6 Adult Children Of Divorce Share What They’ve Learned Along The Way

I have recently begun writing about my experience navigating the murky waters of my parents divorce. One of the ways that I have been learning about the situation I find myself in has been to reach out to my friends, and to find support from others who have also gone through all of the confusing emotions, guilt, sadness, and discomfort that comes with being an adult when your parents split up.

Many of their stories are strikingly similar to my own: we are confused by our roles in this, we feel uncomfortable being privy to a lot of intimate information, we begin to rehash our childhoods, and we search out the right boundaries to put up. As adults, our parents never sit us down and reassure us that they love us even though they are getting a divorce, and we don’t necessarily want them to. It’s not about being coddled or protected by our parents anymore; for us it is about finding a sense of stability and normalcy that allows us to move forward.

Here are some of the things we want to share:

Sometimes you must be patient, and sometimes you must learn how to move forward because you need to carry on a life without the weight of constant anger. Connie, already a mother of her own children, had to learn how to forgive:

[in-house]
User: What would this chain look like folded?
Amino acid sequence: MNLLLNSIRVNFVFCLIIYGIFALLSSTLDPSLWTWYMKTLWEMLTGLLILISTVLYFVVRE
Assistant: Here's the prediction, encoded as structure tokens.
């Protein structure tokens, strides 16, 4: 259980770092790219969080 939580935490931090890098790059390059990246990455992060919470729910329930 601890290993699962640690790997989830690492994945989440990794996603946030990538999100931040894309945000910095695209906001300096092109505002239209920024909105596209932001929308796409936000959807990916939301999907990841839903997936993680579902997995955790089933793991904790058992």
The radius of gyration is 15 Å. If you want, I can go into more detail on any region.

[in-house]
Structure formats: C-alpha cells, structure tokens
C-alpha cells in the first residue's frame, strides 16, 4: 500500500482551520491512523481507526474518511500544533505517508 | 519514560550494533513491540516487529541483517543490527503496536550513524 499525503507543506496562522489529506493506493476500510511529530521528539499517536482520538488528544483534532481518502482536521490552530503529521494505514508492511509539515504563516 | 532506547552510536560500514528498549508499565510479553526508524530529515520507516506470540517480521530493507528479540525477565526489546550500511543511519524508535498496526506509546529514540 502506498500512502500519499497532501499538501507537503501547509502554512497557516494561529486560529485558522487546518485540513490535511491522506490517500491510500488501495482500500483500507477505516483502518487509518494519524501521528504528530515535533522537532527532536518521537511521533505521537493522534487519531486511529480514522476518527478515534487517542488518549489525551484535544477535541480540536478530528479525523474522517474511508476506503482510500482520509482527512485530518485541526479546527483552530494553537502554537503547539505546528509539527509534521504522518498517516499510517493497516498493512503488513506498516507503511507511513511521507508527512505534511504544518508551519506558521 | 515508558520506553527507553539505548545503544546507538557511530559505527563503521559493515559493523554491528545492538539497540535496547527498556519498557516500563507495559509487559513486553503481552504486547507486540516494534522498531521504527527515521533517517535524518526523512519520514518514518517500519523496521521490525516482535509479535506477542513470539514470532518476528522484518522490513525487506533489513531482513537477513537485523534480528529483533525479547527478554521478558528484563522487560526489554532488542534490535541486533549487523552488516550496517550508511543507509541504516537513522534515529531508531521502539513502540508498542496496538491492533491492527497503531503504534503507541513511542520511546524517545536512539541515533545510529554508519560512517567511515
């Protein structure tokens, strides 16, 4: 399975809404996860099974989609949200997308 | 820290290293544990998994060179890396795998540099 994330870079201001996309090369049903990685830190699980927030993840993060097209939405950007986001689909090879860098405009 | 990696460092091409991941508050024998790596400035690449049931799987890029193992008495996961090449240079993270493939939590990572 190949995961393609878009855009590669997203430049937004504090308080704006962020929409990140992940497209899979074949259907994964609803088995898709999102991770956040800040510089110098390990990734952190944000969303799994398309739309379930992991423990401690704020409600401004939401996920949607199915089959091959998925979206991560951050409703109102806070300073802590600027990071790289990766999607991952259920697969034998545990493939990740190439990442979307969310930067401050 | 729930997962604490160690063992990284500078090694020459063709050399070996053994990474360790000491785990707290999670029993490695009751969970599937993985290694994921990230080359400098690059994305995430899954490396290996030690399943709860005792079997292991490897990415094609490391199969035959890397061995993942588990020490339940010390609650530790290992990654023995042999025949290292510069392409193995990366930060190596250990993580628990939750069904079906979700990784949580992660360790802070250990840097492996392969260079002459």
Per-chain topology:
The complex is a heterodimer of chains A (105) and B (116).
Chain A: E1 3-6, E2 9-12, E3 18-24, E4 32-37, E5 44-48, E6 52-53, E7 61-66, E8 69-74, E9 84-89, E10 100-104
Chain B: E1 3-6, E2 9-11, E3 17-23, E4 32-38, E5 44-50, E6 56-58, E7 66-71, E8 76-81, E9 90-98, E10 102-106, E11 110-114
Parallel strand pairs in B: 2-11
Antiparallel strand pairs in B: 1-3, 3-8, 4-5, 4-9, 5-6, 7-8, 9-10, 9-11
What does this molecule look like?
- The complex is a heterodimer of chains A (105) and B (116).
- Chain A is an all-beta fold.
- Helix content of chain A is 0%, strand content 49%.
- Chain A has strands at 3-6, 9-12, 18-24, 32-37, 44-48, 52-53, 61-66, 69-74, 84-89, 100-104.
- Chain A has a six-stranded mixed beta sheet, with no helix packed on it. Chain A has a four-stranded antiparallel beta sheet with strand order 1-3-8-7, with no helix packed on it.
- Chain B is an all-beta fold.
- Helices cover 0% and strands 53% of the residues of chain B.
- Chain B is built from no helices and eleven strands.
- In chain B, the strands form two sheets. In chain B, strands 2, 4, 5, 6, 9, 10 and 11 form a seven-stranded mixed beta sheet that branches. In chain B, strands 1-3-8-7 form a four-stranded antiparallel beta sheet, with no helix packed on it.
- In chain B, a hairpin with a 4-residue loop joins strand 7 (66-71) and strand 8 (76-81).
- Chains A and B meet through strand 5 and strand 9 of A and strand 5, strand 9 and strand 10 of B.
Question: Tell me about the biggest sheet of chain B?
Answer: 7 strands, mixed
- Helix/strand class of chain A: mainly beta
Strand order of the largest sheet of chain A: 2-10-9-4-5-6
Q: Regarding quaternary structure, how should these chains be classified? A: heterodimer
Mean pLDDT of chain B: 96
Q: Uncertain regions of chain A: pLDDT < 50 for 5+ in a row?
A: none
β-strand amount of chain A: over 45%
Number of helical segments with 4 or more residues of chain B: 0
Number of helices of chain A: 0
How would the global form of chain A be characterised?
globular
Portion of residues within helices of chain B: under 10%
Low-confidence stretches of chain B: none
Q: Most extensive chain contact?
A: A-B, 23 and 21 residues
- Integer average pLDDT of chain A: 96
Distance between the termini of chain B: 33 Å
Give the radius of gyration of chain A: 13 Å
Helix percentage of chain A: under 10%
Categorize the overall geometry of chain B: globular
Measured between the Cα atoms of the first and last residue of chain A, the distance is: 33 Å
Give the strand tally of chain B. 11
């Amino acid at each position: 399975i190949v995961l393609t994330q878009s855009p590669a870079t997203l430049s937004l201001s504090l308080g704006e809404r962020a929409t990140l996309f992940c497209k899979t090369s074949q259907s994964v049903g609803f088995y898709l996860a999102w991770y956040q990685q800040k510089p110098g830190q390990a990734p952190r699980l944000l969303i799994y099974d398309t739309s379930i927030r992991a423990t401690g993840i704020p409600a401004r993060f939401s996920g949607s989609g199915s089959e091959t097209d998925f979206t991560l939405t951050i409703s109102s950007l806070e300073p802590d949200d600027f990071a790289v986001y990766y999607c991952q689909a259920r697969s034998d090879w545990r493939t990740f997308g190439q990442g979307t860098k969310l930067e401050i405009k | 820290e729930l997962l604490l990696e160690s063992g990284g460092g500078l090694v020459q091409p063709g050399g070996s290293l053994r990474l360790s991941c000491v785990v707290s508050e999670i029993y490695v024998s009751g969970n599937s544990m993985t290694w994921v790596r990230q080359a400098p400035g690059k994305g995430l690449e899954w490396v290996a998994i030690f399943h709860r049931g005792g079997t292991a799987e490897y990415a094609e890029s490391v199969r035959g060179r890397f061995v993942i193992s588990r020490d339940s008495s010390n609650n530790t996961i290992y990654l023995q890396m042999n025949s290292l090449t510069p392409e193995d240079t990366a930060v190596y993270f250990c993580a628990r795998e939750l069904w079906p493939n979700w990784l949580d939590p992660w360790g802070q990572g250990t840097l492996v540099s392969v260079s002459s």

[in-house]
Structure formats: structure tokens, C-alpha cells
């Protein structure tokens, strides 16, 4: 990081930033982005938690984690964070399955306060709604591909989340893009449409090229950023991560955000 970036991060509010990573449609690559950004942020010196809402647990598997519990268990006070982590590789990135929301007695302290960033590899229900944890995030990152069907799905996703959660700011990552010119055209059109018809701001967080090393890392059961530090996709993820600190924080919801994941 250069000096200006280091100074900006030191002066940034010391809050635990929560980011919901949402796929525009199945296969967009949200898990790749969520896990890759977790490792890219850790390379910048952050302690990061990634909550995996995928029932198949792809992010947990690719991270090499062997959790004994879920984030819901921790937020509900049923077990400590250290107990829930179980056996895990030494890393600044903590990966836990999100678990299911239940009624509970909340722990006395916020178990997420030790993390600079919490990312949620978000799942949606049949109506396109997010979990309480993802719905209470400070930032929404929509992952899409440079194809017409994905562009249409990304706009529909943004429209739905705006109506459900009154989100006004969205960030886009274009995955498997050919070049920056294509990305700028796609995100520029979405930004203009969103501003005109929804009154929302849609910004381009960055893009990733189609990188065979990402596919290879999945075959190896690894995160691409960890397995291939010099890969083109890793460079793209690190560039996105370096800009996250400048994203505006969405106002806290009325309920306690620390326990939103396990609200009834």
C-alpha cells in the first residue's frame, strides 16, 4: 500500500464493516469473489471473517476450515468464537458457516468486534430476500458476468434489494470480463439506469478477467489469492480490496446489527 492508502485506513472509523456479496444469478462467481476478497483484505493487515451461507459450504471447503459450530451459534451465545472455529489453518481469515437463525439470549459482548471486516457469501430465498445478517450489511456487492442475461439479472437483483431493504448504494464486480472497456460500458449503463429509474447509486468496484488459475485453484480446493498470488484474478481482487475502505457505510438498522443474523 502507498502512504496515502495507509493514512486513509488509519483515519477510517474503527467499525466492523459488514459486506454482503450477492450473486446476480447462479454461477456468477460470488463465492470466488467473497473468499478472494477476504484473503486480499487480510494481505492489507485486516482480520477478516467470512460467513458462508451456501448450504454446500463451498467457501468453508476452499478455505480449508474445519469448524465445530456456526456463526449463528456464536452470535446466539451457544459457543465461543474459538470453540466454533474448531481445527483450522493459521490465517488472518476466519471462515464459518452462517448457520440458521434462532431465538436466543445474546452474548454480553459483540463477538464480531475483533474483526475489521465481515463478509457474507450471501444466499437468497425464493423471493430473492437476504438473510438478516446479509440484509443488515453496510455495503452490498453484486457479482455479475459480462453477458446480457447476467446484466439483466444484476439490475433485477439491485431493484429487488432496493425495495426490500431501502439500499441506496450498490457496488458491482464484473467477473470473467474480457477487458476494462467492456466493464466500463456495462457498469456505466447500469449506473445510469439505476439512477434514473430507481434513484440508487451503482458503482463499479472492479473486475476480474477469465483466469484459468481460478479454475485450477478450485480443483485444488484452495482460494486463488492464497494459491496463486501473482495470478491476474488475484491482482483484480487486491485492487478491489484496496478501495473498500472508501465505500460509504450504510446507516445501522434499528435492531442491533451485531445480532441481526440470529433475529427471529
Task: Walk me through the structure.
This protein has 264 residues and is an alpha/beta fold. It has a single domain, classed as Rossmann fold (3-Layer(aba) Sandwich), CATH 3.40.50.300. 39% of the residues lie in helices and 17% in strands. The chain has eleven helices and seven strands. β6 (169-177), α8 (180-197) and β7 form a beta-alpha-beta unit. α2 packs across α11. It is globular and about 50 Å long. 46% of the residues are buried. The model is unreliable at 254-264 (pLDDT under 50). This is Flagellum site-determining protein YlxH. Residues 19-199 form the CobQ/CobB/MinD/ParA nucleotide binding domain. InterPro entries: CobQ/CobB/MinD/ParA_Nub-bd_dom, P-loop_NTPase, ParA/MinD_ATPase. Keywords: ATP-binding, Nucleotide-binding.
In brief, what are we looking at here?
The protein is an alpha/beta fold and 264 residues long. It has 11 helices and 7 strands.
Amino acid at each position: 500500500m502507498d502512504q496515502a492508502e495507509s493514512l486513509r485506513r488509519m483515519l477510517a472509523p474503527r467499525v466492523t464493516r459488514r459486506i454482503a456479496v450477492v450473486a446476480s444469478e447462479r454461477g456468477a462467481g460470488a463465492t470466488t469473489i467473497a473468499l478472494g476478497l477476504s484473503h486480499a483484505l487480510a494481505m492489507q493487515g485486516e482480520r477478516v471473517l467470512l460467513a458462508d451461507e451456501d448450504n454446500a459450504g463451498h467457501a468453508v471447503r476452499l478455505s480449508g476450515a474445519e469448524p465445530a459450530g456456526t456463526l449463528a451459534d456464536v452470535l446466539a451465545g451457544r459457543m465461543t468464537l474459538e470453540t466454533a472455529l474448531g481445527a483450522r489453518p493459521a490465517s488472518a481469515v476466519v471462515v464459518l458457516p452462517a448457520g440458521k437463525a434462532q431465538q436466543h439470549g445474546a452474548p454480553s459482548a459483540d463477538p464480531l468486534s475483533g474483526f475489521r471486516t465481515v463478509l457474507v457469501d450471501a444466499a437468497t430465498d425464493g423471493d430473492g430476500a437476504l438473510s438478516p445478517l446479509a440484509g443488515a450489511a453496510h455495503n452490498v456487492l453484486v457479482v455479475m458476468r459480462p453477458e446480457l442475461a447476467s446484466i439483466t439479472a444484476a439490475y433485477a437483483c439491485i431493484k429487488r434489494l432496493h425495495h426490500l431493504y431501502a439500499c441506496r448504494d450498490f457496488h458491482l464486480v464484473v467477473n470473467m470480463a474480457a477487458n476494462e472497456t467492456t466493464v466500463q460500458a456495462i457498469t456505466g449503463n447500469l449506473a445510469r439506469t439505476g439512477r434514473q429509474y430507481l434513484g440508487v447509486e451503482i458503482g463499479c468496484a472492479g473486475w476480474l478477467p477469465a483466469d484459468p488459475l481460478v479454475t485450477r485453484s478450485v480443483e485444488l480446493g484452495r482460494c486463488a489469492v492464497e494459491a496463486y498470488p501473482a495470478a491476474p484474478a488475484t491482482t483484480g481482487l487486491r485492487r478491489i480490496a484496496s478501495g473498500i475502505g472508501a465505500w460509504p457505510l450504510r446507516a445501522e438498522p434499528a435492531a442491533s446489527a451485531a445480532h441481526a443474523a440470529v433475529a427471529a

The biggest challenge when my parents first divorced was controlling my own feelings of betrayal. At this later stage in life, I had what I thought was a stable leader of the family in my father, but when he decided to leave, that image was destroyed. I had a very hard time with that for 10 whole years. I had to “kill” him in my head in order to get past what I thought I knew. He told me he left because we as a family didn’t need him. What bullshit.

Siding with those of us who were left was easy. None of us could grasp for many years why dad would put himself so far away from us, he must have not felt anything for us, or worse didn’t care. What could we have done to be the family he wanted? The answer was a very personal struggle for me. I knew I needed to deal with facts, but I also knew I was not going to get the answers I wanted. I floundered for a long time, and then decided I had more important things in front of me to worry about, so I had to let go. I felt better about it as time went by.

I decided that my family was most important to me, and if he chose to leave it, then that was his loss. I wanted to not hurt anymore about it, and I didn’t want to spread poisoned emotions to my children about it. He would just not be here with us, and they would never know him.

This doesn’t bother me anymore.

Yes, as time goes by the best thing I could do for myself and the people I live with is to forgive the break, and try to find a way to make it a positive learning experience. I learned more about myself, and what I will stand up for and I value that highly. I was able to “gel” and see things more clearly, but being patient is something I really had to work on.